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The Schluter ramp will work perfect! I've framed out over 6' for the shower area with the wet area less than 5' so the ramp will be within the framed area and not protrude out onto the floor area. Perfect. Almost like I planned it that way. Thanks for that!
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Unread 05-04-2017, 08:23 AM   #9
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I am having trouble understanding the span calculators for beams as it applies to my situation and thought you could offer some insight. I have a 30 foot wide house, with center support beam at 15 feet. Joist are two by tens, 16 inches on center. The bathroom/shower area is in the corner of the house and the room is 14 foot wide perpendicular to the Joist. I want to add a support beam at midpoint (7.5') to support the floor with tile in shower and floor in bathroom and entry.

1) what size auxiliary beam would be adequate in this situation? Two-2x8s supported on Jack post, 2- 2x10s supported on Jack post.

2) are 2 Jack post adequate to support the 14 foot long auxiliary beam span ?

Thanks for you time.
Joe....
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Unread 05-04-2017, 10:01 AM   #10
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Hi Joe,

The building code addresses your situation, take a look at the 2015 International Residential Code Table R602.7(2) "Girder Spans and Header Spans for Interior Bearing Walls". You can find this table by scrolling down through Chapter 6 available here:

https://codes.iccsafe.org/public/doc...de/553/9815776

The part applicable to your situation is the section for supporting "One Floor Only" and for a building width of 20 feet. Now your "building width" for this additional girder is only 15 feet, but since you're tiling the area and want a stiff floor, you won't go wrong using the 20 feet width column.

There are no options in the table for spanning 14', so you'll need to use 3 jack posts and 3 footings. For a span of 7', (2) 2x10s are sufficient, and the table footnotes say that for southern pine that should be #1 grade, or for douglas-fir-larch, hem-fir, or spruce-pine-fir, #2 grade is adequate. Since this is existing construction, I suggest you use kiln dried lumber.

Also, when installing the girder, I suggest using string lines on the bottom of the side of several of the existing joists. That will allow you to jack the girder to straighten the joists, as long as you don't mind "de-settlement" cracks in any finishes directly above that are present at the time of jacking.

As to supporting this girder, Chapter 4 of the IRC covers foundations, but in this case it is easy enough to calculate. If we use a 40 psf live load, a 20 psf dead load (because of the tile), and recognize that the central post is going to carry an area that is 7.5' wide parallel to your joists, and 7' wide parallel to the girder, that makes a design load of 60 psf * 7.5' * 7' = 3150 lbs. For a minimum soil bearing capacity of 1500 psf, that means the footing should be at least 2.1 square feet.

So 18" x 18" would be a good size. The minimum thickness is 6". Plain (unreinforced) concrete footings are allowed, but a small square of #4 rebar at the bottom wouldn't hurt. Just remember that the rebar needs to be be separated from the soil by a cover of at least 3" of concrete. The two end footings could be smaller, say 14" x 14", but I might just make them all 18" x 18".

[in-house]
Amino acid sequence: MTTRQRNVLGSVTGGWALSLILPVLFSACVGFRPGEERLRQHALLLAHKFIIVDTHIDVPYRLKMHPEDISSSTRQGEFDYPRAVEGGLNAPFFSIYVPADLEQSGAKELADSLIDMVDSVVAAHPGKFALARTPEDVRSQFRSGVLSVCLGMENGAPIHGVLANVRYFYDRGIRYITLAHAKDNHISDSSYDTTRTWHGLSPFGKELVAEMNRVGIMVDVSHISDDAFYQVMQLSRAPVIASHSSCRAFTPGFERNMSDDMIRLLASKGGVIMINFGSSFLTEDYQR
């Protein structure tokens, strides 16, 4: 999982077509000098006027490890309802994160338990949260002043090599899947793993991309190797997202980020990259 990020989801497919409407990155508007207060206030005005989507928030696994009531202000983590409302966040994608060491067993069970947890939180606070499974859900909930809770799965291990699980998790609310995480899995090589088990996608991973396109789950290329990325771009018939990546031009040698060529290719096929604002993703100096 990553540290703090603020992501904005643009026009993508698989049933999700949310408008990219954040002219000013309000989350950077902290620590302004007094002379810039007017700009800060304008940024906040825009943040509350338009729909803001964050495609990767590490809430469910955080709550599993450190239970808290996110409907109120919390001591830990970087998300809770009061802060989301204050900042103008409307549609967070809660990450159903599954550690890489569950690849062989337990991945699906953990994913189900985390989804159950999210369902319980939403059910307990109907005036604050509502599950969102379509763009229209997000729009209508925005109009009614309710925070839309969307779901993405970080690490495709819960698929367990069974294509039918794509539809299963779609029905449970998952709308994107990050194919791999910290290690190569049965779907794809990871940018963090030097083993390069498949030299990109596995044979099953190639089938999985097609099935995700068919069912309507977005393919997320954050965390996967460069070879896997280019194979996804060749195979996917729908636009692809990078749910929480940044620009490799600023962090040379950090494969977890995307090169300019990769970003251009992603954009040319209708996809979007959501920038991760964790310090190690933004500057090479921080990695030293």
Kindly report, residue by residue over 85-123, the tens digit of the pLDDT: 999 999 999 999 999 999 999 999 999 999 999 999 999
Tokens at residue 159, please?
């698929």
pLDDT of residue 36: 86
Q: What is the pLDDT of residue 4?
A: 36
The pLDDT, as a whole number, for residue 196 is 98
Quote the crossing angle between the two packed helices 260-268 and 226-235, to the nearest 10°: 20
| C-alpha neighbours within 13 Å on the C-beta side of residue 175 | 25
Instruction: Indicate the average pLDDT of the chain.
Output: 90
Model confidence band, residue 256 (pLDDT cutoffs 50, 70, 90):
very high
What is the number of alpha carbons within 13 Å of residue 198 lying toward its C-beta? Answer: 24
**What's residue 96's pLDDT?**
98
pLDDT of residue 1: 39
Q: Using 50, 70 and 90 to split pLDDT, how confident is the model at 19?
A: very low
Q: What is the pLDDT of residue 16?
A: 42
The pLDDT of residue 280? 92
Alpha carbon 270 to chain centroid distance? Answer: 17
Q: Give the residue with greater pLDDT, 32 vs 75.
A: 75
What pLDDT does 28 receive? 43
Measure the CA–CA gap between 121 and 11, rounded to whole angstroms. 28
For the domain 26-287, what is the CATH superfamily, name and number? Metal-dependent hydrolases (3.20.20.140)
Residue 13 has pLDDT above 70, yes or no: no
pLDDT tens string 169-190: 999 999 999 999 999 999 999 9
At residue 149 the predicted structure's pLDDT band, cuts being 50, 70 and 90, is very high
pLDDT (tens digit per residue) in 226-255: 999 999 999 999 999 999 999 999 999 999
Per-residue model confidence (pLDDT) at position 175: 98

Cheers, Wayne
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Unread 05-04-2017, 12:26 PM   #11
Joe 6993
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wwitney, So if I'm understanding this correctly, a concrete deck footing pier pad block, which could be purchased at a big box store, would not be adequate for a footing base. My existing crawlspace floor is 4 foot below grade and undisturbed soil. It looks like this code requires me to frame out an 18 x 18 box, 6 inches deep minimum, and pour a concrete footing base for each peer. Would bag mix concrete be sufficient in that application. The preformed concrete deck footing blocks would make life a lot easier.
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Unread 05-04-2017, 03:35 PM   #12
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Hi Joe,

As far as pouring your own isolated footings, you've got the right idea, bag mix would be fine.

If you want to use a precast footing block, that's fine as long as they are big enough. The ones I typically see at big box are only 11" x 11", or 0.84 square feet; maybe you can find bigger ones elsewhere. There's a couple ways you could reduce the required footing area:

1) Check if your soil qualifies for 2000 psf bearing capacity, see Table R401.4.1 of the IRC. If you aren't sure of your soil type, then a local expert should know, such as the building department.
2) Check the dead weight of your final assembly, perhaps 20 psf is higher than required.
3) Add more footings, so each footing carries the design load of a smaller area.

Also, have you considered alternative ways to stiffening your joists? Do your Douglas Fir 2x10 joists have a grade stamp on them? If not, what is their age and exact cross-sectional dimensions? What is the exact unsupported span on the joists, i.e. from the face of the existing girder to the face of the exterior support wall? 15' sounds like a center-to-center measurement.

Cheers, Wayne
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Unread 05-07-2017, 07:00 PM   #13
Joe 6993
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Great info Wayne. That helps me know what direction I should be looking. I'll be headed to the crawl space soon. Thanks